L(un ) = + pk’1 (n) + · · · + p1 (n) +p0 (n); (193)
where the functions fj given by fj (t) = pj (1=t)t ’k+j for j = 0; : : : ; k ’ 1 are analytic in the neigh-
borhood of 0. For such operators, there is no explicit formula for the functions that are annihilated.
However, the asymptotic behavior of such functions is known [6,59]. We will later return to such
annihilation operators and state some convergence results.

5.1.1. Derivation of the F transformation
As an example for the application of the annihilation operator approach, we derive the F trans-
formation. Consider the model sequence
k’1
1
= + !n cj ; (194)
n
(x n )j
j=0

that may be rewritten as
k’1
’ 1
n
= cj : (195)
!n (x n )j
j=0

We note that Eq. (194) corresponds to modeling n = Rn =!n as a truncated factorial series in x n
(instead as a truncated power series as in the case of the W algorithm). The x n are elements of
{{x n }} an auxiliary sequence {{x n }} such that limn’∞ 1=x n = 0 and also x n+˜ ¿ x n for ˜ ∈ N
and x0 ¿ 1, i.e., a diverging sequence of monotonously increasing positive numbers. To ÿnd an
annihilation operator for the j (n) = 1=(x n )j , we make use of the fact that the divided di erence
(k) (k)
operator n = n [{{x n }}] annihilates polynomials in x n of degree less than k. Also, we observe
that the deÿnition of the Pochhammer symbols entails that
(x n )k’1 =(x n )j = (x n + j)k’1’j (196)
is a polynomial of degree less than k in x n for 06j6k ’ 1. Thus, the sought annihilation operator
(k)
is A = n (x n )k’1 because
1
(k)
n (x n )k’1 = 0; 06j ¡ k: (197)
(x n )j
H.H.H. Homeier / Journal of Computational and Applied Mathematics 122 (2000) 81“147 113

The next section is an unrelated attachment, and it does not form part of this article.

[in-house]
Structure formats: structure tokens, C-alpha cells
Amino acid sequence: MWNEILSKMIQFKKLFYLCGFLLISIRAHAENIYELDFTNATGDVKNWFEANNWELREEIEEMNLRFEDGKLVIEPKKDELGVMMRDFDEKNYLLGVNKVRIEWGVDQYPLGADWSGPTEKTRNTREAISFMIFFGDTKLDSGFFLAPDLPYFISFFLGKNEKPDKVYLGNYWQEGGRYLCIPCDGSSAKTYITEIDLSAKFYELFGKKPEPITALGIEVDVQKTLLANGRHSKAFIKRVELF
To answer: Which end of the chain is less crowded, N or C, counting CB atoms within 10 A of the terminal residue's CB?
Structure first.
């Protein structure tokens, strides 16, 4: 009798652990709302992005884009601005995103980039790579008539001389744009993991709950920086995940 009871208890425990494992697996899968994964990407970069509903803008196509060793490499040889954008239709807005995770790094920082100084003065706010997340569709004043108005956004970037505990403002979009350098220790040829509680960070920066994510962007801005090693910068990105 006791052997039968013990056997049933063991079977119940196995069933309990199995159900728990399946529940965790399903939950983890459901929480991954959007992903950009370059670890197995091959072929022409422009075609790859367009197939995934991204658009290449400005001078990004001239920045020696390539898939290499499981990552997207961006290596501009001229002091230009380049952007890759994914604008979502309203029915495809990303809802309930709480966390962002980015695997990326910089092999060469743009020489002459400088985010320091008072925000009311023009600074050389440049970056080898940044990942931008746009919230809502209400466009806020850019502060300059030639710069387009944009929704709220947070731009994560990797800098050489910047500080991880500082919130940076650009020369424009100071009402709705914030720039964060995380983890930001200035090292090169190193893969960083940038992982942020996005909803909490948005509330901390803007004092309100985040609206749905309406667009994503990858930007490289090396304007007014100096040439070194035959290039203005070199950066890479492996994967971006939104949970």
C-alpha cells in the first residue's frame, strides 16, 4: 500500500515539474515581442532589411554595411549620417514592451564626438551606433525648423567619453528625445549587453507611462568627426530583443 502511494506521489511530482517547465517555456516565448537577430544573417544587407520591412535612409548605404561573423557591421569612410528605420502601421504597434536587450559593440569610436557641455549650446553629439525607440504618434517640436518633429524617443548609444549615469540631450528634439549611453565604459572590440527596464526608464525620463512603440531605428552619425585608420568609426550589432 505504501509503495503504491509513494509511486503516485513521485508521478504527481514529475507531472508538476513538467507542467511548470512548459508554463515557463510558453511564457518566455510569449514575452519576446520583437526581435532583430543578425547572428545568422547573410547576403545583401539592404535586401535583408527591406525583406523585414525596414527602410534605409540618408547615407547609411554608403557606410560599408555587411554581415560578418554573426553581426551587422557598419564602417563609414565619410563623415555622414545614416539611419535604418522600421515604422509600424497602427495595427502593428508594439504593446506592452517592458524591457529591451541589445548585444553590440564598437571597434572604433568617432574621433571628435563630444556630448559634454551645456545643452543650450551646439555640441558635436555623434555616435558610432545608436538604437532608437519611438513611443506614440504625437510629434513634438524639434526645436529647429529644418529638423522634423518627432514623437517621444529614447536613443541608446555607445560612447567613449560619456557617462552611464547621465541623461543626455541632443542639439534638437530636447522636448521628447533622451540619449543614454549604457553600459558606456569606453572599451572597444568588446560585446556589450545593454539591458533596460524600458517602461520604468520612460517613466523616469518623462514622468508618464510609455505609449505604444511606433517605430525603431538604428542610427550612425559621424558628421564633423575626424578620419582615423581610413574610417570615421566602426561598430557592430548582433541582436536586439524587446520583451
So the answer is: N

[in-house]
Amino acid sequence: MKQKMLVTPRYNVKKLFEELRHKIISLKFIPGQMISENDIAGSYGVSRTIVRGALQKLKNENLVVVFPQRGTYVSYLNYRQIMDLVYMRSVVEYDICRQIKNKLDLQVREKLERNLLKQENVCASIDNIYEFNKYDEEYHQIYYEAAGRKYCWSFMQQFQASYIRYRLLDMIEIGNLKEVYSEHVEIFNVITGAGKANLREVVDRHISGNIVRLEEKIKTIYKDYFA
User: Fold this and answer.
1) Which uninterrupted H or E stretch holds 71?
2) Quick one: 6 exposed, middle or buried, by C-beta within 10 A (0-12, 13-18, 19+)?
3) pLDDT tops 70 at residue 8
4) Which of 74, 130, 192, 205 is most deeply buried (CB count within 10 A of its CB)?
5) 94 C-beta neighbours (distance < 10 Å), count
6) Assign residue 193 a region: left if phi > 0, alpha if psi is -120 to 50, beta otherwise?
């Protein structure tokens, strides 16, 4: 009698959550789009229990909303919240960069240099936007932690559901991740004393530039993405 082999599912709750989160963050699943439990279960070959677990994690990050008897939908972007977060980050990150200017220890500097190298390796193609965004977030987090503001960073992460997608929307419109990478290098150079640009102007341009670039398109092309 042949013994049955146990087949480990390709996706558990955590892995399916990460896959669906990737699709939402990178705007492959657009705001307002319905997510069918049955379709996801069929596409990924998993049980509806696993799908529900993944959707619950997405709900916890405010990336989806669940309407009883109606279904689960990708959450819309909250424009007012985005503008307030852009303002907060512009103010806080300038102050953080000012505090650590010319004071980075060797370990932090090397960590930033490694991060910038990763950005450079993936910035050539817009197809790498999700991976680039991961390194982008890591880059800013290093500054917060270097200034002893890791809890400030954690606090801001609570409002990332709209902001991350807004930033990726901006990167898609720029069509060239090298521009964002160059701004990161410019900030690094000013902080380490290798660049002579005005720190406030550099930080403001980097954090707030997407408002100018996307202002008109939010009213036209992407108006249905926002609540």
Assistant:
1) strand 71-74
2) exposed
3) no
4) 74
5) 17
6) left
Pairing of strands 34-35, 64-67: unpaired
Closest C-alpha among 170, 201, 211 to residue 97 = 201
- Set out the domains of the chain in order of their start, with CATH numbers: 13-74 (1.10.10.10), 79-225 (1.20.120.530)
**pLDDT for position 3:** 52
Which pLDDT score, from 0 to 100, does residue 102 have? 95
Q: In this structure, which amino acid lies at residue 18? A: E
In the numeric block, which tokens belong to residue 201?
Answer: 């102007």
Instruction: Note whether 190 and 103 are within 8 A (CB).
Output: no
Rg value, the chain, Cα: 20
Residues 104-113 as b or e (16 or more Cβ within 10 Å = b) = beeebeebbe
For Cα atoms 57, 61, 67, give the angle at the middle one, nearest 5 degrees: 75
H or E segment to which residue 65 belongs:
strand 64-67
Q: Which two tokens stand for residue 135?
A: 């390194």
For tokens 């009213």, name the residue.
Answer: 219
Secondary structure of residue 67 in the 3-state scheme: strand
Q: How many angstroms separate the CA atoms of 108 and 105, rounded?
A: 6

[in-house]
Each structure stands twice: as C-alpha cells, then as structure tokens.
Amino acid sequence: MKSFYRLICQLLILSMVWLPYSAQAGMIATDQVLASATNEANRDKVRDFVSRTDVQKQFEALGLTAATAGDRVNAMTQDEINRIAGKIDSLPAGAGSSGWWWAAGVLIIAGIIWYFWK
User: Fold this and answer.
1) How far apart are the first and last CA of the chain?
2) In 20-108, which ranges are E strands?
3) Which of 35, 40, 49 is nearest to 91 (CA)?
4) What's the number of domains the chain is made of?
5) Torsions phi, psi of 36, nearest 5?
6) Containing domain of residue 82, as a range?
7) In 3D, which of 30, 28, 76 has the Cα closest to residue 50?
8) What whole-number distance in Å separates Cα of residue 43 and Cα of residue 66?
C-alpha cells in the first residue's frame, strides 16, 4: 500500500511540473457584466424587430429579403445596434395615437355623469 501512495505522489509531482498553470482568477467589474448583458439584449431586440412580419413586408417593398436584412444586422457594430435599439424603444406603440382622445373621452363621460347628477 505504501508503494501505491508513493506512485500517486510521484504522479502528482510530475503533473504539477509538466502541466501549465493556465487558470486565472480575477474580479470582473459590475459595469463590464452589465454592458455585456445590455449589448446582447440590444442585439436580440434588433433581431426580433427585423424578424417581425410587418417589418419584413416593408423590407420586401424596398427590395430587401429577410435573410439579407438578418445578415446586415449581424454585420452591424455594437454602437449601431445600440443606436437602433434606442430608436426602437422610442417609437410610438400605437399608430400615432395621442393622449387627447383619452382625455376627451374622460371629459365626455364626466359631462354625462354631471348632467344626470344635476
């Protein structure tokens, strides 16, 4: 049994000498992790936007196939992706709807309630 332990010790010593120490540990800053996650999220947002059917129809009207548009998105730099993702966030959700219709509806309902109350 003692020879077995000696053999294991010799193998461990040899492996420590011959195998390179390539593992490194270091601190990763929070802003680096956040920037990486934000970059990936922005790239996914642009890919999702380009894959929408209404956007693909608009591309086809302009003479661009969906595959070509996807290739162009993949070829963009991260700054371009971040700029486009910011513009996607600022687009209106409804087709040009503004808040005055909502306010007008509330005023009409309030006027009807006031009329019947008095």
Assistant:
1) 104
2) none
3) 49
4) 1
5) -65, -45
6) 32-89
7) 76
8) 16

Hence, for the model sequence (194), one can calculate via
(k)
n ((x n )k’1 n =!n )
= (198)
(k)
n ((x n )k’1 =!n )

and the F transformation (140) results by replacing by sn in the right-hand side of Eq. (198).
n


5.1.2. Important special cases
Here, we collect model sequences and annihilation operators for some important Levin-type se-
quence transformations that were derived using the model sequence approach. For further examples
see also [13]. The model sequences are the kernels by construction. In Section 5.2.2, kernels and
annihilation operators are stated for important Levin-type transformation that were derived using
iterative methods.
Levin transformation: The model sequence for L(k) is
k’1
cj =(n + ÿ) j :
= + !n (199)
n
j=0

The annihilation operator is
(k) k
(n + ÿ)k’1 :
An = (200)
Weniger transformations: The model sequence for S(k) is
k’1
= + !n cj =(n + ÿ)j : (201)
n
j=0

The annihilation operator is
(k) k
An = (n + ÿ)k’1 : (202)
The model sequence for M(k) is
k’1
= + !n cj =(’n ’ )j : (203)
n
j=0

The annihilation operator is
(k) k
An = (’n ’ )k’1 : (204)